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# INTRODUCTION

The structural design of an airplane actually begins with the flight envelope or V-n diagram, which clearly
limits the maximum load factors that the airplane can withstand at any particular flight velocity. However
in normal practice the airplane might experience loads that are much higher than the design loads. Some
of the factors that lead to the structural overload of an airplane are high gust velocities, sudden
movements of the controls, fatigue load in some cases, bird strikes or lightning strikes. So to add some
inherent ability to withstand these rare but large loads, a safety factor of 1.5 is provided during the
structural design.

The two major members that need to be considered for the structural design of an airplane are wings
and the fuselage. As far as the wing design is concerned, the most significant load is the bending load. So
the primary load can'ying member in the wing structure is the spar (the front and rear spars) whose
cross section is an ‘1’ section. Apart from the spars to take the bending loads, suitable stringers need to
take the shear loads acting on the wings.

Unlike the wing, which is subjected to mainly unsymmetrical load, the fuselage is much simpler for
structural analysis due to its symmetrical crossing and symmetrical loading. The main load in the case of
fuselage is the shear load because the load acting on the wing is transferred to the fuselage skin in the
form of shear only. The structural design of both wing and fuselage begin with shear force and bending
moment diagrams for the respective members. The maximum bending stress produced in each of them
is checked to be less than the yield stress of the material chosen for the respective member.

Outline:

## Determination of loads acting on aircraft:

> V-n diagram for the design study > Gust and maneuverability envelopes > Schrenk’s Curve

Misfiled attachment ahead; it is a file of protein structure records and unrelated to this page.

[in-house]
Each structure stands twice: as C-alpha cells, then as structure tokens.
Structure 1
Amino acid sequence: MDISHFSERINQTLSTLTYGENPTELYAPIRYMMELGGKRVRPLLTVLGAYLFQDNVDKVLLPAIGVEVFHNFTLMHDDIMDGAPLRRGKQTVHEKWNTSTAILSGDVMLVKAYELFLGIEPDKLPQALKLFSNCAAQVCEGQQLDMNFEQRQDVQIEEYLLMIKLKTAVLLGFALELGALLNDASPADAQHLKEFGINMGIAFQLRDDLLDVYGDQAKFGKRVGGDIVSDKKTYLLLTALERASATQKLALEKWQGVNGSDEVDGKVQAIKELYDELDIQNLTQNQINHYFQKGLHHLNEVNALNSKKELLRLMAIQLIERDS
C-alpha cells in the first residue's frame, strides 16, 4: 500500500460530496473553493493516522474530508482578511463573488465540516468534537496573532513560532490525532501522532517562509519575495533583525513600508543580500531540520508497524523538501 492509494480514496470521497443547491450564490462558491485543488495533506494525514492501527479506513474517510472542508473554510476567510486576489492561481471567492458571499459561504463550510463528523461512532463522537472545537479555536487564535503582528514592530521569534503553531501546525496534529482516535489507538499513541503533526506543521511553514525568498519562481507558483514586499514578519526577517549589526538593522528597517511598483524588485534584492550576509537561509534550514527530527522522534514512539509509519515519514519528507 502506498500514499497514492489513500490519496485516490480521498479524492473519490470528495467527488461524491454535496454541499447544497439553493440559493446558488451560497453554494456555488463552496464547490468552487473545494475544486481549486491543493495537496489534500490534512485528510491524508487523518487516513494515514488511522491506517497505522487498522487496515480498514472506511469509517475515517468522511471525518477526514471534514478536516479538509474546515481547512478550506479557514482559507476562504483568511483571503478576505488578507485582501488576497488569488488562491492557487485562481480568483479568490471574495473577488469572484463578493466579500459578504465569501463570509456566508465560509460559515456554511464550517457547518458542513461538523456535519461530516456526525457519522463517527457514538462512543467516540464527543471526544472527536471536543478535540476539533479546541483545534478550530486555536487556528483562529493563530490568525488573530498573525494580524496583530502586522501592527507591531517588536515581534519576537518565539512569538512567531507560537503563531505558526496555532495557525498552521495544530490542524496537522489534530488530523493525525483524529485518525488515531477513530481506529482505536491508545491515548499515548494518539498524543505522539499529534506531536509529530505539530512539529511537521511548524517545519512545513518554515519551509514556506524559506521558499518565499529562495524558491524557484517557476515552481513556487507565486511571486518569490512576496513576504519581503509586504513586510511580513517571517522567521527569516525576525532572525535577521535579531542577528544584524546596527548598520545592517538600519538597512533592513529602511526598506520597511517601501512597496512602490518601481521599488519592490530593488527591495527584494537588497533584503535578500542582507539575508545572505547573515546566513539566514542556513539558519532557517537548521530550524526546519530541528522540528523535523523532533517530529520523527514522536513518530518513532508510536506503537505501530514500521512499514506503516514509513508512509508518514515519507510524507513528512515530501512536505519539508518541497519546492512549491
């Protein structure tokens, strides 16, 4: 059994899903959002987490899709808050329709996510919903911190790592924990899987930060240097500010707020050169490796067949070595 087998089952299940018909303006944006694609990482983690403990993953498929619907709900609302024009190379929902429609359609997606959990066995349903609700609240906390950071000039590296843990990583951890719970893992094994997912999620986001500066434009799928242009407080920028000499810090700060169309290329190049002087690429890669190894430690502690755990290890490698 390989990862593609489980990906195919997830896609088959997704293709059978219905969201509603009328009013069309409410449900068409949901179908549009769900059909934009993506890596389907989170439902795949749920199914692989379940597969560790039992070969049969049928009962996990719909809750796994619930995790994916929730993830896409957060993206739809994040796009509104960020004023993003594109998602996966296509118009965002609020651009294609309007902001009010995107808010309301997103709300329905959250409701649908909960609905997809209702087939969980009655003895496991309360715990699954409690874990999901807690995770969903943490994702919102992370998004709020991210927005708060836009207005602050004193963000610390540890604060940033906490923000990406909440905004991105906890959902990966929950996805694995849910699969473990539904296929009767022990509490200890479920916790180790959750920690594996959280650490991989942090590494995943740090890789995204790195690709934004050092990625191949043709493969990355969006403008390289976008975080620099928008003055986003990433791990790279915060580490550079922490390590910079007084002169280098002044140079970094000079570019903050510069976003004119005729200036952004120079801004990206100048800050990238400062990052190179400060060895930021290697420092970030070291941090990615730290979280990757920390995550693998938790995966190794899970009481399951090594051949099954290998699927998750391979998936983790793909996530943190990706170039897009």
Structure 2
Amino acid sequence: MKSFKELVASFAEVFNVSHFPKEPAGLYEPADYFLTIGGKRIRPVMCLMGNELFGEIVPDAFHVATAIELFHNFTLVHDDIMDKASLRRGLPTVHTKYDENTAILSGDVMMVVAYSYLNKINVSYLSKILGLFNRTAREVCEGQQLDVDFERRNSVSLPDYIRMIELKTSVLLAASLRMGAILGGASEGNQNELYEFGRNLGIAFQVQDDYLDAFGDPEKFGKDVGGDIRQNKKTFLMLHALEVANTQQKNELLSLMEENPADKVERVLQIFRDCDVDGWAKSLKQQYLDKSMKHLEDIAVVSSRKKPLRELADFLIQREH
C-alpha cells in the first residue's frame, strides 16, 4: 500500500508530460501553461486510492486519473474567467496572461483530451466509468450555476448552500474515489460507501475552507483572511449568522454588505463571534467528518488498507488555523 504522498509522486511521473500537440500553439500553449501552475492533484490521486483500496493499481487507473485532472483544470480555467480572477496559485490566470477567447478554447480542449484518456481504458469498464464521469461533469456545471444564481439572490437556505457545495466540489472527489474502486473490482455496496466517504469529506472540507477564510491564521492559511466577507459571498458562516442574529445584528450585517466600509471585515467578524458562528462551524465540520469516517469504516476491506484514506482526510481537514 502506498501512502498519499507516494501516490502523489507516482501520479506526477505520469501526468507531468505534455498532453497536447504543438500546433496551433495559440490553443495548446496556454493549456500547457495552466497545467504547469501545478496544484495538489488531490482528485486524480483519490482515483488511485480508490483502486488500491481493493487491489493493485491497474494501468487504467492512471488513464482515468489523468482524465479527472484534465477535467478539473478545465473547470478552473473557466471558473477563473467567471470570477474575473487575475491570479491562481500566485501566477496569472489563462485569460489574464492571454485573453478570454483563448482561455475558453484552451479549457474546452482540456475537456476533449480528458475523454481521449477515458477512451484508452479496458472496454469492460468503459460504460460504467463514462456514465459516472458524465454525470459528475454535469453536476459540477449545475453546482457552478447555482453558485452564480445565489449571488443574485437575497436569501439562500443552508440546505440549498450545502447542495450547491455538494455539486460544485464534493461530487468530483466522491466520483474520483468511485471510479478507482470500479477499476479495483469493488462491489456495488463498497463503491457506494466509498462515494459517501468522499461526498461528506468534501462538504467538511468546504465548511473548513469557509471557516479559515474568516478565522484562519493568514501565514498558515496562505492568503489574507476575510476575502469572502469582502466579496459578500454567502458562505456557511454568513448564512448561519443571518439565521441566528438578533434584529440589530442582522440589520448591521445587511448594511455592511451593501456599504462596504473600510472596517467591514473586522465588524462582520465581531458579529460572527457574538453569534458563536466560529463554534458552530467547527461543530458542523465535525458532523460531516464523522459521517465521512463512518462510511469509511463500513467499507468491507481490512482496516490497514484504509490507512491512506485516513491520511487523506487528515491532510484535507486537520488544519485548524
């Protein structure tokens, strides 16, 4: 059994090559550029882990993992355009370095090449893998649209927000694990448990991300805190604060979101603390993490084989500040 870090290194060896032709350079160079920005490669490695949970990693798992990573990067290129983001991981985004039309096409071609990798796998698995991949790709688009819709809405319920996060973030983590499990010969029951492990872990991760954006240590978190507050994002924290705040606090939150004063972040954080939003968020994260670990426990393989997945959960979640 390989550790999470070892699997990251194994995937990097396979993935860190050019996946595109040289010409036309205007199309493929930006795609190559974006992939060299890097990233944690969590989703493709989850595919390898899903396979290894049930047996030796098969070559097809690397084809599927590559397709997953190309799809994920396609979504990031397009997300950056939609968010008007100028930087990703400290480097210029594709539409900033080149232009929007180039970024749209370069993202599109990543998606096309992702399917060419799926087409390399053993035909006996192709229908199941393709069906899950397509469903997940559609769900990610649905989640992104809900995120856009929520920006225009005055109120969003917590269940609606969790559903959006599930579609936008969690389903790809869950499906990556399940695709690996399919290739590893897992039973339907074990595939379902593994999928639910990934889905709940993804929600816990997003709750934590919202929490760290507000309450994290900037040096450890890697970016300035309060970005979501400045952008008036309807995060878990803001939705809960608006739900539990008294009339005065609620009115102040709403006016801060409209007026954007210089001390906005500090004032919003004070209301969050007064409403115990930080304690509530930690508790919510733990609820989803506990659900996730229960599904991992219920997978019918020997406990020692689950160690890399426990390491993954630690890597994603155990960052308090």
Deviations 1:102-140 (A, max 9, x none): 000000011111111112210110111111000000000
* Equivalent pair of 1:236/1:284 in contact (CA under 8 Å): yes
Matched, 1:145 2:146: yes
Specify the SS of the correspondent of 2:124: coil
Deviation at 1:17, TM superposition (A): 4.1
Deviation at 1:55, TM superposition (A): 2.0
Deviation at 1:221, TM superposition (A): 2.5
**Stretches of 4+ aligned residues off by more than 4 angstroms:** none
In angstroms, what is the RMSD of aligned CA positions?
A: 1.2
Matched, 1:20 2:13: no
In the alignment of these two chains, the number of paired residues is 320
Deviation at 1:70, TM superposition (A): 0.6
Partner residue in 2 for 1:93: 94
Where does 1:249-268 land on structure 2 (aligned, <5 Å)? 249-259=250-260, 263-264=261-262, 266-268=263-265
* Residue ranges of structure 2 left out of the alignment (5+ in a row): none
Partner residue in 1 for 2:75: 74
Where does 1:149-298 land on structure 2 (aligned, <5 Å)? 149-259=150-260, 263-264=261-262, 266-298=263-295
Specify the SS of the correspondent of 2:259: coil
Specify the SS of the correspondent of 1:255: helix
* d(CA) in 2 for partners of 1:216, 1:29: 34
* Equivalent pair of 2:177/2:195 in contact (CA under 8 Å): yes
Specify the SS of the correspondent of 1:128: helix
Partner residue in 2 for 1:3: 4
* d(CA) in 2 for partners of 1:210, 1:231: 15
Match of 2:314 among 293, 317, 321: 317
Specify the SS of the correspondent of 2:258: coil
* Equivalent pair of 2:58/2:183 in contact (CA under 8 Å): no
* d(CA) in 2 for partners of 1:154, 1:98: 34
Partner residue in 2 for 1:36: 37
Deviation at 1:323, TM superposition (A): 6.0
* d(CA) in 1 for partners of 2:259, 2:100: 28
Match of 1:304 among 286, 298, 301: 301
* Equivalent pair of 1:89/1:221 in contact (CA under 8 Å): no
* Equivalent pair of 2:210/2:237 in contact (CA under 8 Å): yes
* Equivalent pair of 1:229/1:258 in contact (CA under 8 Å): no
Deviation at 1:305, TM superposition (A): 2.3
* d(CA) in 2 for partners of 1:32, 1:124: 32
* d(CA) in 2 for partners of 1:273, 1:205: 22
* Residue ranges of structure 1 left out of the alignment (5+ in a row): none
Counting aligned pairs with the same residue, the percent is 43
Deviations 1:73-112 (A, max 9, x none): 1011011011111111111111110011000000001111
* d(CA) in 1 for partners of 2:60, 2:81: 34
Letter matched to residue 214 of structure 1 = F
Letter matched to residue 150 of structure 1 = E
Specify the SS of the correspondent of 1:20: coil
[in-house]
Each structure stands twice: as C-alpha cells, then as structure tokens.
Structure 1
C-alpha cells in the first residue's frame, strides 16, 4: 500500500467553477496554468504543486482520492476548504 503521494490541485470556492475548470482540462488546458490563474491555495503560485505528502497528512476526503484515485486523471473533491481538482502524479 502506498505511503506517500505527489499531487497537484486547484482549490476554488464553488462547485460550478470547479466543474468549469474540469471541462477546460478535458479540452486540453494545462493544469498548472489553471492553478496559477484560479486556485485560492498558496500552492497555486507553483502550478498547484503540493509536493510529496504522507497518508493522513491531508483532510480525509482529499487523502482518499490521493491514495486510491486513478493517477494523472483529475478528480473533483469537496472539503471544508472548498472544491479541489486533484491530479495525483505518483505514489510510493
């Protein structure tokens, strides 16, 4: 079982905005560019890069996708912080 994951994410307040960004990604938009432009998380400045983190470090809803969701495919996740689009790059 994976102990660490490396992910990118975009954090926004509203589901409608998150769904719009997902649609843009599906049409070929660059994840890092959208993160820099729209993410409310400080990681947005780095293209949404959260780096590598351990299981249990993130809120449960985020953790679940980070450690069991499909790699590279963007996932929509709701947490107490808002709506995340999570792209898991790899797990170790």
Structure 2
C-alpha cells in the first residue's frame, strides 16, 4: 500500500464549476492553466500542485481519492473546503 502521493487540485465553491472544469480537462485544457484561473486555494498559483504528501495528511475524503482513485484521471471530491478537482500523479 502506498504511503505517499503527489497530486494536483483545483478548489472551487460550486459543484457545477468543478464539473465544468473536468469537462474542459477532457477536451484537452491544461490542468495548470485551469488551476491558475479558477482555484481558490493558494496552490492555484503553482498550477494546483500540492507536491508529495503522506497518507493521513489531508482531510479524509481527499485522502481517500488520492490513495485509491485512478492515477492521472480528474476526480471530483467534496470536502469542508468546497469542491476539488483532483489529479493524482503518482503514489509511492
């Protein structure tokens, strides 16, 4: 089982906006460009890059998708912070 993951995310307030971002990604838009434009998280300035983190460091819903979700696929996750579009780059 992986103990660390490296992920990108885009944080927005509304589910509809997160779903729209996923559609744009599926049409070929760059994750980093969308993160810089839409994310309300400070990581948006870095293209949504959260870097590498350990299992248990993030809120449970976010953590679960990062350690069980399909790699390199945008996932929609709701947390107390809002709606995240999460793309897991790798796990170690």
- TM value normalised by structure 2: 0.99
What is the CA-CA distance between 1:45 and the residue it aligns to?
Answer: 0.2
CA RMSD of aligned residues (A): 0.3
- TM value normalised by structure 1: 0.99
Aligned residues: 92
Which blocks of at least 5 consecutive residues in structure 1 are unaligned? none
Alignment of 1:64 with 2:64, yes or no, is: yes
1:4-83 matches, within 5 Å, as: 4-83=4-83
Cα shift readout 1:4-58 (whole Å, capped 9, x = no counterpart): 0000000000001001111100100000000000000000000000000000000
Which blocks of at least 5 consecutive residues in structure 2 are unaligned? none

## Parameters forwarded from ADP l

1. Range = 2205.5km “

## 2. Altitude = 8.71 km 3. Weight =9913.25kg

4. Thrust/Weigh t =3.0

## V-n DIAGRAM FOR THE DESIGN STUDY

Maneuvering Envelope:

In accelerated flight, the [iii becomes much more compared to the weight of the aircraft. This implies a
net force contributing to the acceleration. This force causes stresses on the aircraft structure. The ratio of
the lift experienced to the weight at any instant is defined as the Load Factor (n).

Using the above formula, we infer that load factor has a quadratic variation with velocity. However, this
is true only up to a certain velocity. This velocity is determined by simultaneously imposing limiting
condition aerodynamically ((CL)max) as well as structurally (nmax). This velocity is called the Corner
Velocity. and is determined using the following formula,
In this section, we estimate the aerodynamic limits on load factor, and attempt to draw the variation of
load factor with velocity, commonly known as the V-n Diagram. The V-n diagram is drawn for Sea level
Standard conditions.

## V-n DIAGRAM NOMENCLATURE

V-n diagram is used primarily in the determination of combination of flight conditions and load factors to
which the airplane structure must be designed. V-n diagram precisely gives the structural (maximum